The effects of moderate heat stress and open-plan office noise distraction on SBS symptom intensity and the performance of office work
The effects of moderate heat stress and open-plan office noise distraction were studied in a normal office. In the office six workstations with computers were installed. Behind a screen extending across the office, concealed equipment was installed to provide an outdoor air supply rate of 15 L/s/person and to control the air temperature and humidity in the office. Digital audio tape (DAT) playback equipment was similarly placed behind the screen. Six experimental conditions were established in a 3x2 design: air temperatures of 22, 26 and 30(C with a constant absolute humidity of 0.0074 kg/kg dry air, corresponding to 45, 35 and 28 %RH respectively; and two noise distraction conditions: 1) a quiet office condition (35 dBA unoccupied) and 2) an open-plan office noise condition (55 dBA unoccupied, with clearly audible conversations, movement, office machinery and telephones ringing intermittently). 30 subjects occupied the office in groups of 6 at a time (Fig. 1) and performed simulated office work for 3 hours under all 6 conditions, reporting intensity of SBS symptoms and environmental acceptability on questionnaires. Subjects wore their own clothes, selected and adjusted to provide thermal neutrality at 22(C. No changes were permitted at the higher temperatures.
Figure 1. Subjects during exposure in the office
Only 4% were dissatisfied with the noise in the quiet condition, while 68% were dissatisfied in the open-plan office condition (P<0.01). Increasing air temperature significantly decreased the subjective acceptability of the thermal environment (P<0.001) and air quality (P<0.01), while significantly increasing odour intensity (P<0.05), and air stuffiness (P<0.01). Increased air temperature significantly increased eye, nose and throat irritation (P<0.05), headache intensity (P<0.05), difficulty in thinking clearly (P<0.01) and in concentrating (P<0.01), and decreased self-estimated performance (P<0.001). Noise significantly increased fatigue (P<0.05) and difficulty in concentrating (P<0.05). Noise did not interact significantly with any thermal effects on subjective perception. Acceptability of the overall indoor environment in the office (Fig. 2) was found to be significantly deteriorated both by noise (P<0.05) and increased air temperature (P<0.001).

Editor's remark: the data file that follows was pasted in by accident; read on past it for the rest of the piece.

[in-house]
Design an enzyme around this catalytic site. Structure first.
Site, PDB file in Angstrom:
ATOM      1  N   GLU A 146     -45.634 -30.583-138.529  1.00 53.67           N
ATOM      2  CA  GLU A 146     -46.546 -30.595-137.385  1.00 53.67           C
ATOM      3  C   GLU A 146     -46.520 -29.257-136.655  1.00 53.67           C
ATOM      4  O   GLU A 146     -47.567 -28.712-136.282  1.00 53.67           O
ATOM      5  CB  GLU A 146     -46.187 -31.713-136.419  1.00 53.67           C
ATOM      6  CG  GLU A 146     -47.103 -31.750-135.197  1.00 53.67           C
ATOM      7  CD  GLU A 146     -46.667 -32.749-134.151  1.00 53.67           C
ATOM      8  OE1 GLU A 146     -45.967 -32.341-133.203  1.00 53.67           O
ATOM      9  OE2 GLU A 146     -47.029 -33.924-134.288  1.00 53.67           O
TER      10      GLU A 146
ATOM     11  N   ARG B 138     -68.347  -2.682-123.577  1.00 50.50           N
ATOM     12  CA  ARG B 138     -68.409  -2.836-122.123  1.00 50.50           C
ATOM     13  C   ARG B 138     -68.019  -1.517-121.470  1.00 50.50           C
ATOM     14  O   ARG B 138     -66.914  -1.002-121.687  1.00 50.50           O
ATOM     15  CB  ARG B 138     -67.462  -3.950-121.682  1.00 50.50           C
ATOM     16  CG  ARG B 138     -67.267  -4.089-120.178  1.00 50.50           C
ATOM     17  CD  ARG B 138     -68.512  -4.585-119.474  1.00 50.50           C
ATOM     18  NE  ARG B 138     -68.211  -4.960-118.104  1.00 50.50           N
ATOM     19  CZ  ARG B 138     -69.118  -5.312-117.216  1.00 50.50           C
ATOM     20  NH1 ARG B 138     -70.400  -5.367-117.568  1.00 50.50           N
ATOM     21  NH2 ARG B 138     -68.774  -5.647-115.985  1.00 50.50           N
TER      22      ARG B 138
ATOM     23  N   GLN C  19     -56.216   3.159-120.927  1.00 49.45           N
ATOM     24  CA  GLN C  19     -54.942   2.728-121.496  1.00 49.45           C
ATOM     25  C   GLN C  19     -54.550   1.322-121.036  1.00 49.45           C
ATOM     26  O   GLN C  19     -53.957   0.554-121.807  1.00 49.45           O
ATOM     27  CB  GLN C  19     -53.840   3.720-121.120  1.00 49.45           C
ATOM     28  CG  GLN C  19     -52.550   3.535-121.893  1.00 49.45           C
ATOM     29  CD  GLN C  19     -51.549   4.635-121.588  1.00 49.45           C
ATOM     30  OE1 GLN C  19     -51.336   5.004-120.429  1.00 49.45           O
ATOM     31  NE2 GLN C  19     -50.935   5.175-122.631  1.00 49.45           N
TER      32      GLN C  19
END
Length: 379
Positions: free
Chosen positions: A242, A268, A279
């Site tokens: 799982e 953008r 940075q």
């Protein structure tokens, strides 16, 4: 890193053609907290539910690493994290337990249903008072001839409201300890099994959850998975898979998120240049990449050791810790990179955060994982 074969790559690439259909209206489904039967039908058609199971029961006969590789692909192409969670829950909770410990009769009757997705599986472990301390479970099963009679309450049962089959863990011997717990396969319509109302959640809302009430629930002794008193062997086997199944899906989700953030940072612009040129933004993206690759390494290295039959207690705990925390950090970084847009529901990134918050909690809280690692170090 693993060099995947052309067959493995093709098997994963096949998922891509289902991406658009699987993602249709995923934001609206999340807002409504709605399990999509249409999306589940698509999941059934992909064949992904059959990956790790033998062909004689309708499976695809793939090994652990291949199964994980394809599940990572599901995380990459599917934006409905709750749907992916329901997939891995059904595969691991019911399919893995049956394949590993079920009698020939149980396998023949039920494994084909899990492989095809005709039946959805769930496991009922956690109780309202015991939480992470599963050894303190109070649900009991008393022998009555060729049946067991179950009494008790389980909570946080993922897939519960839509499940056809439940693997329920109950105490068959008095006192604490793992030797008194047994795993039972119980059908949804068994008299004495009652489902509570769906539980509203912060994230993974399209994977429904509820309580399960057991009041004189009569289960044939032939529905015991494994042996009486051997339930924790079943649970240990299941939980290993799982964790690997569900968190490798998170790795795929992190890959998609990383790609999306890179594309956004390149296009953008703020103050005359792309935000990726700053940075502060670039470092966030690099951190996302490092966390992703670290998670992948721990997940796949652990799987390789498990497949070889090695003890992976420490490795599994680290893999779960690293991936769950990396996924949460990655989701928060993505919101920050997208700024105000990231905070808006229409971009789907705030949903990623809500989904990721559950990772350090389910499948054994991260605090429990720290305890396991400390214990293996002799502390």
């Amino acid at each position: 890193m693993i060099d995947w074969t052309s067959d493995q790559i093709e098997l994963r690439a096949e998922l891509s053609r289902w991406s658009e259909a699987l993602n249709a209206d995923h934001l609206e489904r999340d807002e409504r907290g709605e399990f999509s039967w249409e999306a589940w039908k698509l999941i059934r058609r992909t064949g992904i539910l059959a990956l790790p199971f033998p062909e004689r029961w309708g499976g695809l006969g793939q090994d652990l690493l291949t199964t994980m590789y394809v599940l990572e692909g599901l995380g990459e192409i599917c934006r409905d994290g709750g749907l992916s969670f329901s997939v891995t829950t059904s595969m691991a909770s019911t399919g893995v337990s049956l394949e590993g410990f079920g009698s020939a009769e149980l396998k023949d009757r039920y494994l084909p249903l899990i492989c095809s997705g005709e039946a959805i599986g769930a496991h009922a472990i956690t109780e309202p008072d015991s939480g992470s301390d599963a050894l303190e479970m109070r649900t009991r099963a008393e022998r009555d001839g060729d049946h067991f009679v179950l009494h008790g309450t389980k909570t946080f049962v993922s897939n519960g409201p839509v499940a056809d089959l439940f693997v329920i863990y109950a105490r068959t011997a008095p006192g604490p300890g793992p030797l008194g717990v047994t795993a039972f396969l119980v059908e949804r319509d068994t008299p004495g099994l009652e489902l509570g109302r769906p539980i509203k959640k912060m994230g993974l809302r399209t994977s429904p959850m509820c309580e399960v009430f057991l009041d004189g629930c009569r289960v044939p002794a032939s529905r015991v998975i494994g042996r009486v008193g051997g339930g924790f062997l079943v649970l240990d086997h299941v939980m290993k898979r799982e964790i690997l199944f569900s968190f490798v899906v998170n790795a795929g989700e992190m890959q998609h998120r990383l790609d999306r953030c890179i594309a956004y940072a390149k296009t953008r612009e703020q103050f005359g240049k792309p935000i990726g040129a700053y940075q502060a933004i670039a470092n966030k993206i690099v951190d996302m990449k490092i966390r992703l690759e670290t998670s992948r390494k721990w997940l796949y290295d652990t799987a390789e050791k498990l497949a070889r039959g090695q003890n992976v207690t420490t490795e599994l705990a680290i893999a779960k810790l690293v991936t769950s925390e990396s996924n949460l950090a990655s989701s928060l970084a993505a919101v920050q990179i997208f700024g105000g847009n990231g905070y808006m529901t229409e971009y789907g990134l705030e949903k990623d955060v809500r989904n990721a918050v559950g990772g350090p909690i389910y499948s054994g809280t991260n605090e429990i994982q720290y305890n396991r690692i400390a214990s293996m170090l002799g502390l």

Figure 2. Indoor environment acceptability
In an addition task, noise decreased the rate of performance by 3% (P<0.05) (Fig. 3), subjects who felt too warm made 56% more errors (P<0.05) and a noise-temperature interaction was observed (P<0.01): noise removed the effect of warmth on errors (Fig. 4). Noise distraction tended to decrease the performance of an open-ended creative thinking task, but significantly increased typing speed (P<0.05) and reading speed in a proof-reading task (P<0.05). While subjects during a relatively short experiment may exert some conscious effort to counteract heat stress and noise distraction, becoming more fatigued as a result, office work will generally be performed considerably less well in open-plan offices than in enclosed offices, and at air temperatures that are subjectively found to be too warm.
Figure 3. Addition speed
Figure 4. Addition error rate